Magento is an eCommerce platform, it empowers thousands of retailers and brands with eCommerce solutions for any type of online store. Utilized by businesses ranging from clothing brands to food & beverage and even government, non-profit and education.
Thousands of online retailers utilize this platform, and It’s just been announced that upwards of 2,000 of these online stores were hacked this past weekend.
Security researchers are describing it as the “largest campaign ever.”
The attacks “were a typical Magecart scheme where hackers breached sites and then planted malicious scripts inside the stores’ source code, code that logged payment card details that shoppers entered inside checkout forms.”
According to a report by Sanguine Security (SanSec) who specializes in tracking Magecart attacks, 10 stores were infected Friday, 1,058 were infected Saturday, 603 were infected on Sunday, and another 233 infected Monday.
SanSec, which began monitoring in 2015, says this is the largest automated campaign they have identified. The last being a record of 962 stores hacked in a single day in July 2019.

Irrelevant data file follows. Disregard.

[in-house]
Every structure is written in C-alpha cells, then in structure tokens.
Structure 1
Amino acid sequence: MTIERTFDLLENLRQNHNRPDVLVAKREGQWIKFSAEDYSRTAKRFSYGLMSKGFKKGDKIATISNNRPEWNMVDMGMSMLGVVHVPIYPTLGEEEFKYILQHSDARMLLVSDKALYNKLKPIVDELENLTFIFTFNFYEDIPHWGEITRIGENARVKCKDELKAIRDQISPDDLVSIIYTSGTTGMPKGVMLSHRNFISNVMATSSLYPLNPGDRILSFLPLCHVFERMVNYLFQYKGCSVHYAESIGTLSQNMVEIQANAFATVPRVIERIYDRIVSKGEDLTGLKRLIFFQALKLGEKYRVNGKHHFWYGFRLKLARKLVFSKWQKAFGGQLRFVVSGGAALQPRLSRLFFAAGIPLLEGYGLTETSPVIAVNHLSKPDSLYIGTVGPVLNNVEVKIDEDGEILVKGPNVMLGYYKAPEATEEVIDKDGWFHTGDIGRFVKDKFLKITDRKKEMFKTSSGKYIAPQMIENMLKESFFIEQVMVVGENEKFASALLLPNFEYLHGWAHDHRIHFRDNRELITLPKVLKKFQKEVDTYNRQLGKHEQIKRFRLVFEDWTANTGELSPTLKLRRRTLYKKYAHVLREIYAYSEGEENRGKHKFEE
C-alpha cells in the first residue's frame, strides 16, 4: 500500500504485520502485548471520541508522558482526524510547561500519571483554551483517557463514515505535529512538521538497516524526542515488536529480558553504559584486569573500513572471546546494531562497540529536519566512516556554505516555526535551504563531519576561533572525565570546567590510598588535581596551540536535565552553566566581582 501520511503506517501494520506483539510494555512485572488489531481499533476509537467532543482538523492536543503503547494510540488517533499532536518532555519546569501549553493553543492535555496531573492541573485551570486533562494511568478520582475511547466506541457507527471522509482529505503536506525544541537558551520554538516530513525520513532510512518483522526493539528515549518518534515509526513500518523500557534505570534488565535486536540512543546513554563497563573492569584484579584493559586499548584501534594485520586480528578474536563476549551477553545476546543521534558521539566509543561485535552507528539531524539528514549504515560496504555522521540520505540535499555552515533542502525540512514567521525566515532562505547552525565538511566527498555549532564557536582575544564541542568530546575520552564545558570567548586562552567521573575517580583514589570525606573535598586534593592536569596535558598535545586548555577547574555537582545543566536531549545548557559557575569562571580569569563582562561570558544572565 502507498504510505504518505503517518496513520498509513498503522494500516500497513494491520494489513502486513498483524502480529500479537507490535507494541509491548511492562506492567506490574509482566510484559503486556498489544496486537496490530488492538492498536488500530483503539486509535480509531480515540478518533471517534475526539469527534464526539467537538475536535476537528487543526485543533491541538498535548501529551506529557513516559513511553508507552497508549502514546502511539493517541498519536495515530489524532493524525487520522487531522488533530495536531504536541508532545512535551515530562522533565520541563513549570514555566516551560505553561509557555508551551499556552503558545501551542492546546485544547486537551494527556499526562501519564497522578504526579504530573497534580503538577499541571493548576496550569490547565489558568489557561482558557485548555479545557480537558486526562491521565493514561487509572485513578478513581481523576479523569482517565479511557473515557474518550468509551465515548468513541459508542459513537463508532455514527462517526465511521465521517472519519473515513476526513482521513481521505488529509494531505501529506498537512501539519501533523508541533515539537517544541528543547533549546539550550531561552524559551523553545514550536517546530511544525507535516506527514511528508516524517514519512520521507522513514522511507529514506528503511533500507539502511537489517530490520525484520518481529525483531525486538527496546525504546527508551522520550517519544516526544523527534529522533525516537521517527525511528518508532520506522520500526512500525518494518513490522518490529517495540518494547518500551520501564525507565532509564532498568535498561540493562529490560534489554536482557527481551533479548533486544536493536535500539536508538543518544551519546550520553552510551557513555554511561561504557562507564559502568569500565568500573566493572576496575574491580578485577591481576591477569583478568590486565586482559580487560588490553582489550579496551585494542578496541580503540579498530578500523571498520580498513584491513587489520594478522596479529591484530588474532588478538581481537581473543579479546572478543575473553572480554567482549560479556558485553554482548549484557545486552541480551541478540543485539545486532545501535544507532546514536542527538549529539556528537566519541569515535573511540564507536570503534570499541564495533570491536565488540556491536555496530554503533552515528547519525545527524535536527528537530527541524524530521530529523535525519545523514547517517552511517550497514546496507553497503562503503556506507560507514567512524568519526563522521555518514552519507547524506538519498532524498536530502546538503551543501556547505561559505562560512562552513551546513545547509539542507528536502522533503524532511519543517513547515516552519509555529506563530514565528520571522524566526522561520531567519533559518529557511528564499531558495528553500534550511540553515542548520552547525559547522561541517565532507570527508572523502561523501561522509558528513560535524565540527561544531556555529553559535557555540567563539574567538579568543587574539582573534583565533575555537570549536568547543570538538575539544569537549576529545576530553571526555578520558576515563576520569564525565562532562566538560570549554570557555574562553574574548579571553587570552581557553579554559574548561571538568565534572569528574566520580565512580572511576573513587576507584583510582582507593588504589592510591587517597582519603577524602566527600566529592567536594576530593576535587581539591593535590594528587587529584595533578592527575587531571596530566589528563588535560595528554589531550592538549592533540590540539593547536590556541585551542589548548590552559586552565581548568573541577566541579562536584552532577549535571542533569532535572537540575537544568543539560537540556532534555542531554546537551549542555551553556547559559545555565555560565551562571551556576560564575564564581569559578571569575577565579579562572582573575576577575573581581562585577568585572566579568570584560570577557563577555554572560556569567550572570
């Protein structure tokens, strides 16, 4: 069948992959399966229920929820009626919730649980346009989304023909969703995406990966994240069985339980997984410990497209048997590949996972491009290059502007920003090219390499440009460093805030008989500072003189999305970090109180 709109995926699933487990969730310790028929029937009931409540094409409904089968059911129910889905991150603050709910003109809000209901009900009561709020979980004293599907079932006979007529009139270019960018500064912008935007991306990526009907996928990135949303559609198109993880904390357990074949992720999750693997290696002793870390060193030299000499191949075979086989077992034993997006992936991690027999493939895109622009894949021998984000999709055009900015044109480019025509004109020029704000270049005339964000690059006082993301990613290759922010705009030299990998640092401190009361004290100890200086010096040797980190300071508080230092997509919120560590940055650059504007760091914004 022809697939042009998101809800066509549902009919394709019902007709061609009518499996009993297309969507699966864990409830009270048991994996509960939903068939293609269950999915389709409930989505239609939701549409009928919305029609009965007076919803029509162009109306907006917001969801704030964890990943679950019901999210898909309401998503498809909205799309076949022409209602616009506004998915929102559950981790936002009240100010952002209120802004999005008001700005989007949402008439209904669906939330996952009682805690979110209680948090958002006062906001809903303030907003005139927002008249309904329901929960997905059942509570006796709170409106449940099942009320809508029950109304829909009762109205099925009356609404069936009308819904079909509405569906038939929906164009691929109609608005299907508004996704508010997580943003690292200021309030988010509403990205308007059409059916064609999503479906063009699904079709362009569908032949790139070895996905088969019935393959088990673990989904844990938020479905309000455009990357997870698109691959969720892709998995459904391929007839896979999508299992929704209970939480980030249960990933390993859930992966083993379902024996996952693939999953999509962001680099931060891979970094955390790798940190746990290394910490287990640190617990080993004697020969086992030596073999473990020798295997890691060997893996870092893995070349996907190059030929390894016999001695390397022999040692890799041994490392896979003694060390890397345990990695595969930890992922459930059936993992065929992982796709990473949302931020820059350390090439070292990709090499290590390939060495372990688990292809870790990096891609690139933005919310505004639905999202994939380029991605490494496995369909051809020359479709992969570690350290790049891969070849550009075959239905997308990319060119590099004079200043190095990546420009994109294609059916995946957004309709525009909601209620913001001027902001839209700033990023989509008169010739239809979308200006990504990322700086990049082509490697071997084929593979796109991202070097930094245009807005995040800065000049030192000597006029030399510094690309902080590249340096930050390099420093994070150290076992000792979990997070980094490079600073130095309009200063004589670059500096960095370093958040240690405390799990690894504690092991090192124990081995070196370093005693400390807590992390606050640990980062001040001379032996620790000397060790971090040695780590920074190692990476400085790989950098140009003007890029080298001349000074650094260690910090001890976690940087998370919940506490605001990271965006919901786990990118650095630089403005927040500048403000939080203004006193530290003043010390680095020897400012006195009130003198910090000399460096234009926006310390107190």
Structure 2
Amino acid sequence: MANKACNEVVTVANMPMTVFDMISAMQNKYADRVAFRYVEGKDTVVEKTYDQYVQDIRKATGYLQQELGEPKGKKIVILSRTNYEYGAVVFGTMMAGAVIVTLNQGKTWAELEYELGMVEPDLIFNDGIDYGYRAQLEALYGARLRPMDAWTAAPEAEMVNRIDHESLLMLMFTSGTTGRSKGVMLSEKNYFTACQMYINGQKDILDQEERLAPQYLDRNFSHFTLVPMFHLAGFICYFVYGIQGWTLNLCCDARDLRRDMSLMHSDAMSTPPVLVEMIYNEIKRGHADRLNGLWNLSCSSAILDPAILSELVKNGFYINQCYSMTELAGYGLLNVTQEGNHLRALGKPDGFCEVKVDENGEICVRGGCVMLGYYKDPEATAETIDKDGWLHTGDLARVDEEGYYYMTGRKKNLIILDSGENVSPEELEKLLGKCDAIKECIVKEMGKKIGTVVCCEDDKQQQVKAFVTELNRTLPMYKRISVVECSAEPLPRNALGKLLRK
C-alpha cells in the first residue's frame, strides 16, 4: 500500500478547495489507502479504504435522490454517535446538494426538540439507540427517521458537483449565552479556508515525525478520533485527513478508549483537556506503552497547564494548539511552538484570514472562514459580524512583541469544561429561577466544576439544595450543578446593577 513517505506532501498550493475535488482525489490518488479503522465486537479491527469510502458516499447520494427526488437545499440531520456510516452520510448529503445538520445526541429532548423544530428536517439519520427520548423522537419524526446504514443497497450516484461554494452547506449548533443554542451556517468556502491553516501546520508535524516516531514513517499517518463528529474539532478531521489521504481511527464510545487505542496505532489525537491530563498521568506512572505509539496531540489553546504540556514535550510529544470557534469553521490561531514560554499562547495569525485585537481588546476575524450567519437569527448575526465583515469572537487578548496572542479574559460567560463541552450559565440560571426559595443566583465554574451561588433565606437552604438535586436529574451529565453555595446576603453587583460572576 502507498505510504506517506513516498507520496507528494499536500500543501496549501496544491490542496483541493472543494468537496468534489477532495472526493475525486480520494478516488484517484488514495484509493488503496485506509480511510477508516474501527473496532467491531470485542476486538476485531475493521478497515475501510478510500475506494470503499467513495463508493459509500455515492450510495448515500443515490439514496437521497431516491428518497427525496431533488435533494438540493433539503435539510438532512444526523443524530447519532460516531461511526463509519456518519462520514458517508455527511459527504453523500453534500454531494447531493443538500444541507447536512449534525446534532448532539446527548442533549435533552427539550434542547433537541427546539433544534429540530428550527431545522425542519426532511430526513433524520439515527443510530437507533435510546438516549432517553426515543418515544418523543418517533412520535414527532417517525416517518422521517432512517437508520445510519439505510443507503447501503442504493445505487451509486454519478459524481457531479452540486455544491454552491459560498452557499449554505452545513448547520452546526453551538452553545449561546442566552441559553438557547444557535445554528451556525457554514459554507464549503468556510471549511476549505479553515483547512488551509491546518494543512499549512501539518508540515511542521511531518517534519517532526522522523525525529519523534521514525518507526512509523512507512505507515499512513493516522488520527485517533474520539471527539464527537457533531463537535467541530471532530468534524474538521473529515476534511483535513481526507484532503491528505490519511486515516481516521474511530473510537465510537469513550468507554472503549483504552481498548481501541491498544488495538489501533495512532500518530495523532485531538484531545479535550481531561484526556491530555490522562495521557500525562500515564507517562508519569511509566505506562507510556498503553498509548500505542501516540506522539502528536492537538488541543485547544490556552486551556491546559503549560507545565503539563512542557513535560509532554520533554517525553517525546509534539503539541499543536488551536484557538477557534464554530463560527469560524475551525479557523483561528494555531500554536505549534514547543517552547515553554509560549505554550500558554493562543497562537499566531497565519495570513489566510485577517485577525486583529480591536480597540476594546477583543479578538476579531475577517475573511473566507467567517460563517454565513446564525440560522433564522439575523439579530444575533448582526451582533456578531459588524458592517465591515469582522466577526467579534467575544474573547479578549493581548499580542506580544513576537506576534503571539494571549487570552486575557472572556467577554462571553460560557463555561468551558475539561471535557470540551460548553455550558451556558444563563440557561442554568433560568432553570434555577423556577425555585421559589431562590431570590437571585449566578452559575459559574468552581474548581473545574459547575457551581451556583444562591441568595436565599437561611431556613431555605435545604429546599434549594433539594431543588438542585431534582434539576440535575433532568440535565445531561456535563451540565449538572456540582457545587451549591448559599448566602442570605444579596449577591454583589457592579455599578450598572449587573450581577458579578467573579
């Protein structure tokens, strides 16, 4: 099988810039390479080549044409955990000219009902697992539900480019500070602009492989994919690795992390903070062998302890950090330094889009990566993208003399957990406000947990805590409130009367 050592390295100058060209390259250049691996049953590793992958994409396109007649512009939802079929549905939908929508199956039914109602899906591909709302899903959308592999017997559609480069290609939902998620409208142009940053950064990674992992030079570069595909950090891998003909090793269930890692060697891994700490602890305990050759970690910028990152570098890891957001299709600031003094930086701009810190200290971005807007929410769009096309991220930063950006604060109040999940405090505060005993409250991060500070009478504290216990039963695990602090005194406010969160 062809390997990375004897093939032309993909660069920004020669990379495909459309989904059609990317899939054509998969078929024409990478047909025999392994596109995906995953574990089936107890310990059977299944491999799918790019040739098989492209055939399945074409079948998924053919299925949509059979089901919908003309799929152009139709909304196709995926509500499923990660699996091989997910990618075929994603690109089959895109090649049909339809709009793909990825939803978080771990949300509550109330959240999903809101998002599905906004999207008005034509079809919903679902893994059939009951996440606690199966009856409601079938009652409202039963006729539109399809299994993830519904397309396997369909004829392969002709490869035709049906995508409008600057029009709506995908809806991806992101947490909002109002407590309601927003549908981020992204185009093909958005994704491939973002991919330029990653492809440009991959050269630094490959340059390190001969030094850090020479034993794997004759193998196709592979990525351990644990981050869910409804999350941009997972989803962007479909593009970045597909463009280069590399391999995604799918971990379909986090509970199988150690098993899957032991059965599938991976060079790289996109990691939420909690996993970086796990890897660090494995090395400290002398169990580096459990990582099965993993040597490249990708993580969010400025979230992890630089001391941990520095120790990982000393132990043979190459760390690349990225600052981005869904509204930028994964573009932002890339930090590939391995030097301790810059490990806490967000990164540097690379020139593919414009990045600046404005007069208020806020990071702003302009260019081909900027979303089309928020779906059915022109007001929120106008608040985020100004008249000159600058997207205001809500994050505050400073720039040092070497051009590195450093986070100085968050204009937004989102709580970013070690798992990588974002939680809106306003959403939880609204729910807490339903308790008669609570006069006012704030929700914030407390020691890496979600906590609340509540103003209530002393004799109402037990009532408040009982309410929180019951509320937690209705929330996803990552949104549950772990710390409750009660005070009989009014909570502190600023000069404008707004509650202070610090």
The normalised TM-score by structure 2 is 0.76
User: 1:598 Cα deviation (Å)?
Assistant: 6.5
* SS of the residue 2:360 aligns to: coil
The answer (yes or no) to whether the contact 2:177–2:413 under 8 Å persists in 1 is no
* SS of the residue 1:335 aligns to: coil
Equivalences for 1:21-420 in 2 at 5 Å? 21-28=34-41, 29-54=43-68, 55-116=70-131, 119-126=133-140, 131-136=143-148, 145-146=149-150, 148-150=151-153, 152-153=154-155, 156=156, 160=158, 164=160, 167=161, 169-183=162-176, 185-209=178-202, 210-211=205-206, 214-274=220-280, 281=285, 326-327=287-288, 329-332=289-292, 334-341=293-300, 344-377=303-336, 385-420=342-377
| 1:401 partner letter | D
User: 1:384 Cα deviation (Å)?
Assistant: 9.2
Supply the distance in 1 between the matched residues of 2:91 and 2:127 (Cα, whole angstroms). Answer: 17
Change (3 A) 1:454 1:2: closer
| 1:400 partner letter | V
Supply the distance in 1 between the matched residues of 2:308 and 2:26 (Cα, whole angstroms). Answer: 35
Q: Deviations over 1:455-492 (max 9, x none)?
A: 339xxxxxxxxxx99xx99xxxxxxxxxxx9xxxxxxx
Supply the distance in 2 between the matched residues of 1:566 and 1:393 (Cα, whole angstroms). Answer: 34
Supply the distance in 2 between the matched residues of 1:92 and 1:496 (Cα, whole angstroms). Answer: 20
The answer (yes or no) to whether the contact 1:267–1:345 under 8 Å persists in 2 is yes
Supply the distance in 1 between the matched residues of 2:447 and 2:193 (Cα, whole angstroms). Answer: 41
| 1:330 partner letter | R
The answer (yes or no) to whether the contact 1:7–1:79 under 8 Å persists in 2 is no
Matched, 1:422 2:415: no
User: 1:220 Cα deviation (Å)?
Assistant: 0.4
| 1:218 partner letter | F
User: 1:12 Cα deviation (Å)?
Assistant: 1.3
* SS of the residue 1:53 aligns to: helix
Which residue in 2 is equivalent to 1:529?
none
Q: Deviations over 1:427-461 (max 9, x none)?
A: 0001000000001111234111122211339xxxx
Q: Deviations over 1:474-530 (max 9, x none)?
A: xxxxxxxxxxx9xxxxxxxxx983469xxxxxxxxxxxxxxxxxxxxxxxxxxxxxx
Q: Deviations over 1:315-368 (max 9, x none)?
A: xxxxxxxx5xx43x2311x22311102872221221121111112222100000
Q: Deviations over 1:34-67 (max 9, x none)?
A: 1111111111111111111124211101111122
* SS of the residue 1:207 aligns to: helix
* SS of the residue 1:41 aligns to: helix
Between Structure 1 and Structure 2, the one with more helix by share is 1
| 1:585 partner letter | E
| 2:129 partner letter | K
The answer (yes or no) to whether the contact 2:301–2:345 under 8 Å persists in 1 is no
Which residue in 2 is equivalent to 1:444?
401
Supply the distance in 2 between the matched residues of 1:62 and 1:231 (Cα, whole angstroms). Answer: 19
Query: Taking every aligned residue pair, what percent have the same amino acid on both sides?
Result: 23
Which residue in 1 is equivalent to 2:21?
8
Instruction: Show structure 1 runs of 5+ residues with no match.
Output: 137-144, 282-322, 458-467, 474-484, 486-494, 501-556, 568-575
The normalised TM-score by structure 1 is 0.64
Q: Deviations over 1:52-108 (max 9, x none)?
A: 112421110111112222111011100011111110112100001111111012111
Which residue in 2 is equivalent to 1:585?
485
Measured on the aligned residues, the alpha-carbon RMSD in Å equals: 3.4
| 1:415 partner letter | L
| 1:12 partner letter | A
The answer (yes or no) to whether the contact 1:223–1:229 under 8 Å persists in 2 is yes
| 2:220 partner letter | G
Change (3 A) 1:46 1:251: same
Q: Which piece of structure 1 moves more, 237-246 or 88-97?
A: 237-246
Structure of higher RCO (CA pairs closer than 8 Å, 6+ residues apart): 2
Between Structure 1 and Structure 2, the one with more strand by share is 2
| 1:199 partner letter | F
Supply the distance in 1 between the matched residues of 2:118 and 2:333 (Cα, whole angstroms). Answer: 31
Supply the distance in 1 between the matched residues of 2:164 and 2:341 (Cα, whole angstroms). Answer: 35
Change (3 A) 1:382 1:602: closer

How was such a large-scale attack possible?
According to SanSec, most of the compromised sites were running an older version of the Magento online store software, version 1.x, which has stopped receiving security updates after its end-of-life (EOL) on June 30, 2020.
Magento is owned by Adobe, who has been urging store owners to upgrade to the newest 2.x branch since November 2019. Security experts believe hackers were biding time, waiting for the version to reach its EOL “to make sure Adobe wouldn’t patch their bugs.”
It’s still unknown how hackers breached the targeted sites, but it appears expert’s theory on a massive campaign after the software’s end-of-life was (unfortunately) correct.
The “good news” is that since EOL in June 2020, the number of stores running Magento 1.x went down from 240,000 to 95,000. Some of the remaining stores have likely been abandoned due to slow or nonexistent user traffic, or using web application firewalls (WAFs) to stop attacks in the mean-time.
Worried your current cybersecurity firm isn’t keeping your software up-to-date and this may happen to you? Call DarkHound SecOps today for your free cybersecurity assessment (714) 266-3790 or [email protected].
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